If you’re looking for information about Nay Aug Falls in Scranton, you’re in the right place!
Nay Aug Falls is a rarity in Pennsylvania, in that it is located in and owned by a city.
Nay Aug Park in Scranton, the largest park in PA’s sixth-largest city, is where you’ll find this impressive waterfall.
Nay Aug was the local Native American term for “noisy brook”, and no doubt Roaring Brook (the stream Nay Aug Falls is located on) derived its name from that term as well.
How to Find Nay Aug Falls in Scranton
Nay Aug Park and Nay Aug Falls are located on the southeast side of Scranton, right next to Interstate 81.
Navigate to the parking area shown on the maps above and below, at GPS coordinates 41.39933, -75.64158.
From the parking area simply follow the Davis Trail for approximately 0.25 miles to the Rie Rie Overlook above the falls.
Photographing Nay Aug Falls
All of the permissible views of Nay Aug Falls are from above – you cannot legally go down to stream level, for safety reasons.
So if Nay Aug Falls looks taller that the 15 feet it is commonly listed as, it’s because the scale of the Roaring Brook Gorge makes everything feel larger.
When you are standing in front of Nay Aug Falls, it’s hard to imagine that traffic on Interstate 81 is less than 150 yards away!
As you backtrack to the parking lot, take a minute and check out the views from the Doe Overlook.
Here you have a great view of the Western Portal of Nay Aug Tunnel.
Other Attractions at Nay Aug Park
The David Wenzel Treehouse rises 150 feet above the Nay Aug Gorge, upstream from the falls.
Opened in 2007, the Tree House is designed to be fully handicapped accessible.
The Brooks Mine was the brainchild of Reese Brooks, operator of the Greenwood Mine in nearby Moosic.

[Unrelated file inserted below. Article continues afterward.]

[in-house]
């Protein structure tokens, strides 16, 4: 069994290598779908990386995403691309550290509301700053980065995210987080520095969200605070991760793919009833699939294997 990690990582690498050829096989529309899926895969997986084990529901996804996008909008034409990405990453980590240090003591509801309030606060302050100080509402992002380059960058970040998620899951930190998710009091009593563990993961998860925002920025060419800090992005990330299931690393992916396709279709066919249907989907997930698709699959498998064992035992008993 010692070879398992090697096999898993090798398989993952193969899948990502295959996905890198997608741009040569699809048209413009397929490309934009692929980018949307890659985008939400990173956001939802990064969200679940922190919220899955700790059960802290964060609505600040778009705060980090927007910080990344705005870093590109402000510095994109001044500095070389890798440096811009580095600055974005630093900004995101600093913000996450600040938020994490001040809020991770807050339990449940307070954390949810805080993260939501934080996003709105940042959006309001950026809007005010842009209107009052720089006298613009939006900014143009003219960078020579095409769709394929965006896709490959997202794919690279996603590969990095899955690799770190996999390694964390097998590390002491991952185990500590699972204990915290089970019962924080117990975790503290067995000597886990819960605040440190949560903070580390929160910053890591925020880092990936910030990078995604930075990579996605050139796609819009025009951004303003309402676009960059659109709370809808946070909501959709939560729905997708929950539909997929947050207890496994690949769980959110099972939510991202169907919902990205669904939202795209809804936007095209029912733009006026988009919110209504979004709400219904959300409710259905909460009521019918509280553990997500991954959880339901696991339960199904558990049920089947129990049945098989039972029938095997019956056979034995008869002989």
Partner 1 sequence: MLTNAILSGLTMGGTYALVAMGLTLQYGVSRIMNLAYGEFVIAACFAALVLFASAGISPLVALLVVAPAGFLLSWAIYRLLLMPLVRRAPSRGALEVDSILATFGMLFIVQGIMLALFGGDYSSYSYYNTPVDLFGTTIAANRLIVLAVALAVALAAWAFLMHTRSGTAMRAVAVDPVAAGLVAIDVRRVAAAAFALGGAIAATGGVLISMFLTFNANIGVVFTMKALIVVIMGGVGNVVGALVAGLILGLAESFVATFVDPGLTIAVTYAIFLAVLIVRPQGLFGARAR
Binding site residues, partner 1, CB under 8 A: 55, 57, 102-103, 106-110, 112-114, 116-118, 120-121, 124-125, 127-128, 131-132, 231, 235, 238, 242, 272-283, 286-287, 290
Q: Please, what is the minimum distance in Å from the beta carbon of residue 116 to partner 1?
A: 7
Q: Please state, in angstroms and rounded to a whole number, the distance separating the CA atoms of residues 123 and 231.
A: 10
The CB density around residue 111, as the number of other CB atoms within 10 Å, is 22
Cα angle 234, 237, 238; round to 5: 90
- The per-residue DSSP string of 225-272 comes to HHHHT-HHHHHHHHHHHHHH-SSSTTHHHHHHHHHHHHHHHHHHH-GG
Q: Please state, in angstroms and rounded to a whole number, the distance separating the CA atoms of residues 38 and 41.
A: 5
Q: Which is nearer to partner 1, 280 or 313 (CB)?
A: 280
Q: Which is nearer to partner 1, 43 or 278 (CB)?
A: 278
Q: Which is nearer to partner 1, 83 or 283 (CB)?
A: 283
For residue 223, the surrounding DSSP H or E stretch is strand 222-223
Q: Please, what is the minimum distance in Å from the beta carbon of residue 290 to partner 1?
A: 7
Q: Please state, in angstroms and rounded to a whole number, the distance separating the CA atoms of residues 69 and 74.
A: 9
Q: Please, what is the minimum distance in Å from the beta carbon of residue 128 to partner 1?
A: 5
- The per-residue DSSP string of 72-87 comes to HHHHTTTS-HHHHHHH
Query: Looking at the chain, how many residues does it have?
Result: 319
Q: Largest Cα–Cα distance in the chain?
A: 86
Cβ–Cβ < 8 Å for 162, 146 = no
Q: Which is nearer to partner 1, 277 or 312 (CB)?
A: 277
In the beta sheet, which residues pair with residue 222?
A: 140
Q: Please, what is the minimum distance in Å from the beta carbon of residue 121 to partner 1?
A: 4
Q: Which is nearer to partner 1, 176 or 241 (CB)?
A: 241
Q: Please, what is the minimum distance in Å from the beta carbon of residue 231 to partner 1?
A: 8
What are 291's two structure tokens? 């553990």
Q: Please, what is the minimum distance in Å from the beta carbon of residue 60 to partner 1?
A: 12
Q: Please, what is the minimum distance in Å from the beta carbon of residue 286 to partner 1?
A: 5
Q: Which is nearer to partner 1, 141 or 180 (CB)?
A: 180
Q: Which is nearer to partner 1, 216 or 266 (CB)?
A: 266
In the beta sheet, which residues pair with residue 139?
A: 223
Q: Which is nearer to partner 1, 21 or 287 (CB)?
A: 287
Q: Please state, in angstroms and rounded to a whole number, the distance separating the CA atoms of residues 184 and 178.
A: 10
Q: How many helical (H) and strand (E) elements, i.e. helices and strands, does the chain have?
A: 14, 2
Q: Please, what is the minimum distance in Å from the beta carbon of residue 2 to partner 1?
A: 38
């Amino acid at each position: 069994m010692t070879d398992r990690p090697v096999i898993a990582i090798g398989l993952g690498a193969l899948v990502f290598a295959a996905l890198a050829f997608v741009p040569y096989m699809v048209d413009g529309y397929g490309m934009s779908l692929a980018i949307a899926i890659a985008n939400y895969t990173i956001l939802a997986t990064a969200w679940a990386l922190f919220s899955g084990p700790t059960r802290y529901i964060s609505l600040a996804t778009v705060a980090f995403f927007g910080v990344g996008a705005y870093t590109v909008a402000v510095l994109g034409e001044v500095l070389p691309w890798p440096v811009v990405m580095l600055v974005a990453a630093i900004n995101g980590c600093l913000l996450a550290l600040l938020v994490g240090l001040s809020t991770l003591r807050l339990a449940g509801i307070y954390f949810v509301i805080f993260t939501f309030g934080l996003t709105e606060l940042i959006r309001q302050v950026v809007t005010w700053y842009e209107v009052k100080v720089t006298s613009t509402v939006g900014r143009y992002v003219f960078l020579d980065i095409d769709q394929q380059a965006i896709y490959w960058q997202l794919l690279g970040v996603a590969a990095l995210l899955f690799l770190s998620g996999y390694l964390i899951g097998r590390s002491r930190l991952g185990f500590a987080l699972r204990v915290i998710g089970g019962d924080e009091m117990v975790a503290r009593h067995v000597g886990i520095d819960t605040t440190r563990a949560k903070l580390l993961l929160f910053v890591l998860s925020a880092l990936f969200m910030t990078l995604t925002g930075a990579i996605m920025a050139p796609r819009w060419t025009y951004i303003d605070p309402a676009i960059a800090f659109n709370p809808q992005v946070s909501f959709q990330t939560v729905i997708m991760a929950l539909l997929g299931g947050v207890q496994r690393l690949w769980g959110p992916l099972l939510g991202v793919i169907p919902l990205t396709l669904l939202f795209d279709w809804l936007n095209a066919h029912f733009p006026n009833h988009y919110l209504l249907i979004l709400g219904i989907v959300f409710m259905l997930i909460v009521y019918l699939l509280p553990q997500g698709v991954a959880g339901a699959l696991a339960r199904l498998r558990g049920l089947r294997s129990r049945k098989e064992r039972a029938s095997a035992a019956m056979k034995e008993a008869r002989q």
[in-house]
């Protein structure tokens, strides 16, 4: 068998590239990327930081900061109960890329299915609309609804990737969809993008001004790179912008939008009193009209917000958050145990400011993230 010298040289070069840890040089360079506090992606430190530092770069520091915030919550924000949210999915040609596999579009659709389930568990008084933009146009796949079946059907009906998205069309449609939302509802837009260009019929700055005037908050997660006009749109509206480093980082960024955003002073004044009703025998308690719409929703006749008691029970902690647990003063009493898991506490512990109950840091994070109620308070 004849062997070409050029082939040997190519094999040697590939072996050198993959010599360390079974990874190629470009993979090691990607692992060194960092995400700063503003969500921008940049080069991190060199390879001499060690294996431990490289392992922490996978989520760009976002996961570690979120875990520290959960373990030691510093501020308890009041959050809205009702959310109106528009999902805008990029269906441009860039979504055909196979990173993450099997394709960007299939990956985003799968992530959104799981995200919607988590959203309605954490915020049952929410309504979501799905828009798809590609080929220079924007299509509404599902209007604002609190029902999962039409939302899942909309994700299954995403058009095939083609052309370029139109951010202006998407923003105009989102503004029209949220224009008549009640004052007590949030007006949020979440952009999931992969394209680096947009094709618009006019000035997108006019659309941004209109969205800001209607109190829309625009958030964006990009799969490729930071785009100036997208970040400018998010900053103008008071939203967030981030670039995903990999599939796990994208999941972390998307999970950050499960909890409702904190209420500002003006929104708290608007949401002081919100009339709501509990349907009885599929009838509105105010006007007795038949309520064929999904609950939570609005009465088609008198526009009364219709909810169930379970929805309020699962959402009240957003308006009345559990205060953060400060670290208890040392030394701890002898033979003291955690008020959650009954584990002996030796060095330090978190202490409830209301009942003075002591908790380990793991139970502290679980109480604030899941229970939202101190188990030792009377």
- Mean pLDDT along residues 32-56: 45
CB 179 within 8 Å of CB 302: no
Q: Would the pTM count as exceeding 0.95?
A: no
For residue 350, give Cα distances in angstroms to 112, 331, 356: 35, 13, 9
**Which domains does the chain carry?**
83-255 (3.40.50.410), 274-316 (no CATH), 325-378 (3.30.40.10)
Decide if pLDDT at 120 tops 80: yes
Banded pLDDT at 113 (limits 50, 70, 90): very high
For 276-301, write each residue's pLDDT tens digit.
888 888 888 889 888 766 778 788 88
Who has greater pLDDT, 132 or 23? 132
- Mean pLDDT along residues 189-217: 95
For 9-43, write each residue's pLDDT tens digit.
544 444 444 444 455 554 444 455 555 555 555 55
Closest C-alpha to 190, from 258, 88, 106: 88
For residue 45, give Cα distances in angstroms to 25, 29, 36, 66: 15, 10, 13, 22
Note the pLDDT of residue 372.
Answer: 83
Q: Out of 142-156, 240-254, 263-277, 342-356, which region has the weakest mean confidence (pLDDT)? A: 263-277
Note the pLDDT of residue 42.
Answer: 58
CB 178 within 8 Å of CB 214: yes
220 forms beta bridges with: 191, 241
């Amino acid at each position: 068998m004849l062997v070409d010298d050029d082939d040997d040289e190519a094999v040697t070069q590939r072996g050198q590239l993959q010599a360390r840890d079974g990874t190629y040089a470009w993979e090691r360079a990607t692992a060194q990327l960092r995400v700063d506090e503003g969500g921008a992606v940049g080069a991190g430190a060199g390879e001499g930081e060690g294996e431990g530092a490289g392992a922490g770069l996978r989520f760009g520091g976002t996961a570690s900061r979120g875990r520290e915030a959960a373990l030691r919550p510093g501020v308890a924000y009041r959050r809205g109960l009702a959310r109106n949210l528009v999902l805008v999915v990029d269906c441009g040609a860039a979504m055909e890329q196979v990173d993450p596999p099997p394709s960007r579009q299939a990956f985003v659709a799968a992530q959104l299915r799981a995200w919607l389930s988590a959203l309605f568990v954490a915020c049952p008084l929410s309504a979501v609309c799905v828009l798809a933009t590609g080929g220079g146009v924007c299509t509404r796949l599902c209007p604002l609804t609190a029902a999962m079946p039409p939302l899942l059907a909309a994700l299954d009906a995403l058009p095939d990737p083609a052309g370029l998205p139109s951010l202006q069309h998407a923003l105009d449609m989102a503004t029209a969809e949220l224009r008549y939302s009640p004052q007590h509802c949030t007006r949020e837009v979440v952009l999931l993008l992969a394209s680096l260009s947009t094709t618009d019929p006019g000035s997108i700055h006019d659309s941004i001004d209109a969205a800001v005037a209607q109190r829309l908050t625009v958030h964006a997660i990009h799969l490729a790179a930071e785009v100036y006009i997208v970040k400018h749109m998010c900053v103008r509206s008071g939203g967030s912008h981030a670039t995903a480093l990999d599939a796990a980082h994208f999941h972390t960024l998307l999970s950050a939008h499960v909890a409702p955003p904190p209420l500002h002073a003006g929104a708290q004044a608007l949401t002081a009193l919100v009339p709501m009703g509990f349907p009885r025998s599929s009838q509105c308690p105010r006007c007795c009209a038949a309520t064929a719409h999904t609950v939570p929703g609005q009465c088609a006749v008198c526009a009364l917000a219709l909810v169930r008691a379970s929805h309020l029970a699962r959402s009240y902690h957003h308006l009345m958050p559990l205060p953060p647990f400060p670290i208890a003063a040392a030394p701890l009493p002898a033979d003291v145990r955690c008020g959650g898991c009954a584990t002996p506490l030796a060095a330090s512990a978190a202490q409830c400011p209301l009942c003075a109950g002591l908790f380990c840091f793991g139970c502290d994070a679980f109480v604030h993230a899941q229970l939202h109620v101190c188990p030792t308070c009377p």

Opened at Nay Aug Park in 1902 as a demonstration mine, it’s purpose was to educate visitors about anthracite coal mining.
Closed for nearly 50 years, the mine reopened for tours in 2023.
Founded in 1908, the Everhart Museum at Nay Aug Park is one of the oldest museums in Northeastern Pennsylvania.
It is the only natural history, science, and art museum in the region, and is open year-round.
Steamtown National Historic Site is both a museum and an active railyard, located on the site of the former Scranton yards of the Delaware, Lackawanna and Western Railroad (DL&W).
The Electric City Trolley Museum in Scranton offers a captivating journey into the heart of the city’s once-vibrant streetcar network.
The Electric City Aquarium and Reptile Den in Scranton is a must-see for lovers of all things aquatic and reptilian.
The Lackawanna Coal Mine Tour in Scranton offers a rare glimpse into the life of an underground coal miner by taking visitors deep below ground into an actual anthracite coal mine.
On and On is a 6,000 square foot multivendor antique store and vintage marketplace, housed inside a repurposed factory building on the outskirts of downtown Scranton.
27 Must-See Waterfalls in the Poconos is your guide to even more great waterfalls in northeastern PA.
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